In short, such clinical strategies based on the effect of improving CBF will further enhance the efficacy of SA for brain diseases, as well as to avoid SA research pitfalls based on the misconceptions of SA points or areas corresponding to the cortical functional zones.
It has been known that reduced CBF is often associated with the occurrence of many brain diseases, not only acute ischemic strokes, but also serious neurodegenerative diseases including PD, AD, and other forms of cognitive decline. Thus, improving or restoring CBF can prevent and treat these types of diseases theoretically. In fact, presently, there is an adequate amount of evidence-based clinical research (RCTs) that shows SA does have significant therapeutic effects on these brain diseases, especially ischemic strokes, though certain research limitations remained in such RCTs.
Furthermore, stimulating the SA points, areas or nerves innervating the scalp, especially the trigeminal nerve, can significantly improve CBF, which parallels the instant or long-term improvement of clinical symptoms of brain diseases. Neural pathways to improve CBF by stimulation of the trigeminal, facial, or cervical nerves, have also been gradually revealed. The presence of the core SA points or areas frequently used can also be rationally explained from the characteristics of nerve distribution, including nerve overlap or convergence in different parts of the scalp. However, these characteristics that would determine the role of these SA points or areas are relatively specific, and not due to a direct correspondence between the current hypothesized SA points, areas and the functional zones of the cerebral cortex.
Based on the above evidence chain, the efficacy of SA in treating brain diseases, especially ischemic, is mostly achieved by stimulating the nerves innervating the scalp, specifically the trigeminal nerve, to improve CBF. However, the therapeutic role of improving CBF is not always easily comprehended for brain diseases caused by other etiologies. It has been known that mechanisms of SA in treating different brain diseases might also be multifaceted, such as anti-inflammatory, reducing central sensitization, promoting angiogenesis and tissue repair, etc. Among these mechanisms, the anti-inflammatory response by SA may be secondary to the improvement of CBF in the treatment of brain diseases.
There have been a number of studies in which SA has an impact on the local or systemic immune function and inflammatory response (Liu et al., 2012; Wang J. H. et al., 2022). The cholinergic anti-inflammatory mechanism might be activated by trigeminal parasympathetic pathways (such as trigeminal-vagal reflex) during SA. It is entirely possible that SA, while improving CBF, could also arouse the anti-inflammatory reflex, which is critical to those brain diseases with significant inflammation due to brain tissue injury (hemorrhagic stroke, traumatic brain injury, etc.). However, since the anti-inflammatory effect induced by acupuncture occurs slower than the improvement in CBF, the latter seems more suitable to explain the instant effect of SA in the treatment of brain diseases. Moreover, the improvement of rCBF in brain injury also facilitates the recruitment of leukocytes and pro-inflammatory cytokines in the early stages of injury while increasing the concentration of anti-inflammatory cytokines in later stages. Thus, there is an obvious need to further investigate which of these mechanisms are independent of improving CBF or whether they act synergistically, or have different levels of significance in the treatment of various types of brain diseases with SA.
The authors believe that understanding the neural control of SA on CBF is not only key in revealing the underlying mechanism in treating brain diseases, but also helps clarify above-mentioned roles evoked by SA. Moreover, the improvement of CBF by SA can be used as an objective indicator for effective SA stimulation in future studies.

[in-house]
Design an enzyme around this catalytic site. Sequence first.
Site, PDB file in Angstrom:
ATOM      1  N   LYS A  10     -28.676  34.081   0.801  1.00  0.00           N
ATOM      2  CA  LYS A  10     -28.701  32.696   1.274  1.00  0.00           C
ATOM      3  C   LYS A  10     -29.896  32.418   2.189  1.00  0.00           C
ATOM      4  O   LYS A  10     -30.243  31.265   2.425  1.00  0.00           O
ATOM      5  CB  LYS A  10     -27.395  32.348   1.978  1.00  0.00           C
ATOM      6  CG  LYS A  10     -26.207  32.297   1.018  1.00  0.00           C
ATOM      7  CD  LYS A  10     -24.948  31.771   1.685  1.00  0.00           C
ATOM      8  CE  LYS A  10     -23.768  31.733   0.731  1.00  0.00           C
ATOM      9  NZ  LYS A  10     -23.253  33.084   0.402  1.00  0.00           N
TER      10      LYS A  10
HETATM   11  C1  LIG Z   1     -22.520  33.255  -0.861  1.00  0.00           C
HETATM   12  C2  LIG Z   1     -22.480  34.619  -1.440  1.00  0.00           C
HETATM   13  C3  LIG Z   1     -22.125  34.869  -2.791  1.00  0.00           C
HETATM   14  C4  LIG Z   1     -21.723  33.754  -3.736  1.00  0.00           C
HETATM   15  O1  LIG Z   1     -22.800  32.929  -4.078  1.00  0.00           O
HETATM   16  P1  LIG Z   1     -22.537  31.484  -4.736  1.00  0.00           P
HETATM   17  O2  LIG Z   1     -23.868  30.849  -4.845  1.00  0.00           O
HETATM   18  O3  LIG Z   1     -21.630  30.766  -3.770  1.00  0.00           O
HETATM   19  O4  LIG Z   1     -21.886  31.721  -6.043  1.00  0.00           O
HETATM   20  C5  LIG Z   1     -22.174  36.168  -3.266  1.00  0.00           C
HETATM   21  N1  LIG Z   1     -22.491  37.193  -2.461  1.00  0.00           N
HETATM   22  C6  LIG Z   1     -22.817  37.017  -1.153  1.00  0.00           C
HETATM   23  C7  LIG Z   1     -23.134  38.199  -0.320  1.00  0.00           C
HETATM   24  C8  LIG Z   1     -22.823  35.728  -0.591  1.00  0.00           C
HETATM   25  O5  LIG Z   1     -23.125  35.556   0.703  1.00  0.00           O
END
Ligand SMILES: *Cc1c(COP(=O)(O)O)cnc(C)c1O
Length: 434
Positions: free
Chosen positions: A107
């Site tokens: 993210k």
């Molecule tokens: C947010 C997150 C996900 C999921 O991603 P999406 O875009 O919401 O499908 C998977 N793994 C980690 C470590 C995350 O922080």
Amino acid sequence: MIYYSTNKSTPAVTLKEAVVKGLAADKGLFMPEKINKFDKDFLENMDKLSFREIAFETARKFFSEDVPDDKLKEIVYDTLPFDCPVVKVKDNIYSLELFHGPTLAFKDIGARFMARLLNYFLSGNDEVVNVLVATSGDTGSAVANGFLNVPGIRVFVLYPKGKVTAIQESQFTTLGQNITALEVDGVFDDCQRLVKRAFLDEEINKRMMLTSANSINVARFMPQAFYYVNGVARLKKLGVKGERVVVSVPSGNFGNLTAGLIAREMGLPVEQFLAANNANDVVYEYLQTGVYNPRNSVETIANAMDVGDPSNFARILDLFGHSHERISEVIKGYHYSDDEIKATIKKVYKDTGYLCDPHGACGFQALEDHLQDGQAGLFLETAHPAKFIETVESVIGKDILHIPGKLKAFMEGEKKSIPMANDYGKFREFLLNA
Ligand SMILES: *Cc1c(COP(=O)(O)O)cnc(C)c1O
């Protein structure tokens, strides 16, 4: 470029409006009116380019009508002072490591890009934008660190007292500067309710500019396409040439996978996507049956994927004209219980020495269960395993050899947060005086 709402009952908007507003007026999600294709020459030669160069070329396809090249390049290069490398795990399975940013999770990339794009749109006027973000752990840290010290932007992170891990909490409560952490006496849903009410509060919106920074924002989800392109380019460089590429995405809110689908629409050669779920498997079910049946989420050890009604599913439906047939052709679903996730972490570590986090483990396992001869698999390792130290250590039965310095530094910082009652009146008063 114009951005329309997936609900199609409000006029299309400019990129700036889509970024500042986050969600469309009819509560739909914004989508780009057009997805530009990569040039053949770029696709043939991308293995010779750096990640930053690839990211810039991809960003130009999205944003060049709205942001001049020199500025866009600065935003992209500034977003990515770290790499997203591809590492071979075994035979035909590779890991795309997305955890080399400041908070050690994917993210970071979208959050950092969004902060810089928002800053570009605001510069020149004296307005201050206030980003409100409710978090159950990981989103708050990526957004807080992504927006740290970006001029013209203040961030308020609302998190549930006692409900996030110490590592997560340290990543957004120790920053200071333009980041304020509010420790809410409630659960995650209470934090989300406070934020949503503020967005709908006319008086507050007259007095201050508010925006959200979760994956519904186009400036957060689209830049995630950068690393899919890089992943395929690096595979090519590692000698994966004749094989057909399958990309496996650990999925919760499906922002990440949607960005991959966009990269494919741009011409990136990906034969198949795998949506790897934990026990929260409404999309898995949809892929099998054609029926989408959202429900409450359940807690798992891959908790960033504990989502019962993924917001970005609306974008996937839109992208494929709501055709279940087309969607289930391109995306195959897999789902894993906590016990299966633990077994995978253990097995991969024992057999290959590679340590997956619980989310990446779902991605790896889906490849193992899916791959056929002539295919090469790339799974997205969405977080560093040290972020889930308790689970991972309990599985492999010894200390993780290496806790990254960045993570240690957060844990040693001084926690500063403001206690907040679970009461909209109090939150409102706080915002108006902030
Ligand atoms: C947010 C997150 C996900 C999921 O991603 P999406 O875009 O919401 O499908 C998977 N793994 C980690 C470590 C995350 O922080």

The effort of elucidating this scientific foundation of SA therapy will undoubtedly further advance the clinical applications of SA in treating brain diseases, such as broadening the scope of indications based on its effect on improving CBF; clarifying or expanding the applications of SA; selecting the optimal stimulation points or areas of SA and stimulation parameters based on different conditions and scalp innervation characteristics and establishing a rapid objective indicator based on changes in rCBF to evaluate instant or long-term therapeutic effects. Such clinical strategies will all further improve the efficacy of SA in treating brain diseases and increase its repeatability, as well as avoid the pitfalls of SA research or practice due to misconceptions of SA points or areas corresponding to the cortical functional zones.
GJ conceptualized the theme of the review and drafted the manuscript. LJ critically reviewed and revised the manuscript. BJ performed the literature search and drew the figure. JZ and BH reviewed and edited the manuscript. SL helped with the final revision of the manuscript. All authors approved the final version of the manuscript.
Conflict of interest
GJ was employed by the International Institute of Systems Medicine, Inc. and Ace Acupuncture Clinic of Milwaukee, LLC.
The remaining authors declare that the research was conducted in the absence of any commercial or financial relationships that could be construed as a potential conflict of interest.
All claims expressed in this article are solely those of the authors and do not necessarily represent those of their affiliated organizations, or those of the publisher, the editors and the reviewers. Any product that may be evaluated in this article, or claim that may be made by its manufacturer, is not guaranteed or endorsed by the publisher.
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Keywords: scalp acupuncture, cerebral blood flow, brain diseases, innervation of the scalp, core SA points or areas, neural stimulation, neural pathway, relative specificity
Citation: Jin G-Y, Jin LL, Jin BX, Zheng J, He BJ and Li S-J (2023) Neural control of cerebral blood flow: scientific basis of scalp acupuncture in treating brain diseases. Front. Neurosci. 17:1210537. doi: 10.3389/fnins.2023.1210537
Received: 22 April 2023; Accepted: 03 July 2023;
Published: 15 August 2023.
Edited by:Qinhong Zhang, Heilongjiang University of Chinese Medicine, China
Reviewed by:Aihong Yuan, First Affiliated Hospital of Anhui University of Traditional Chinese Medicine, China
Pankaj Gaur, Georgetown University, United States
Copyright © 2023 Jin, Jin, Jin, Zheng, He and Li. This is an open-access article distributed under the terms of the Creative Commons Attribution License (CC BY). The use, distribution or reproduction in other forums is permitted, provided the original author(s) and the copyright owner(s) are credited and that the original publication in this journal is cited, in accordance with accepted academic practice. No use, distribution or reproduction is permitted which does not comply with these terms.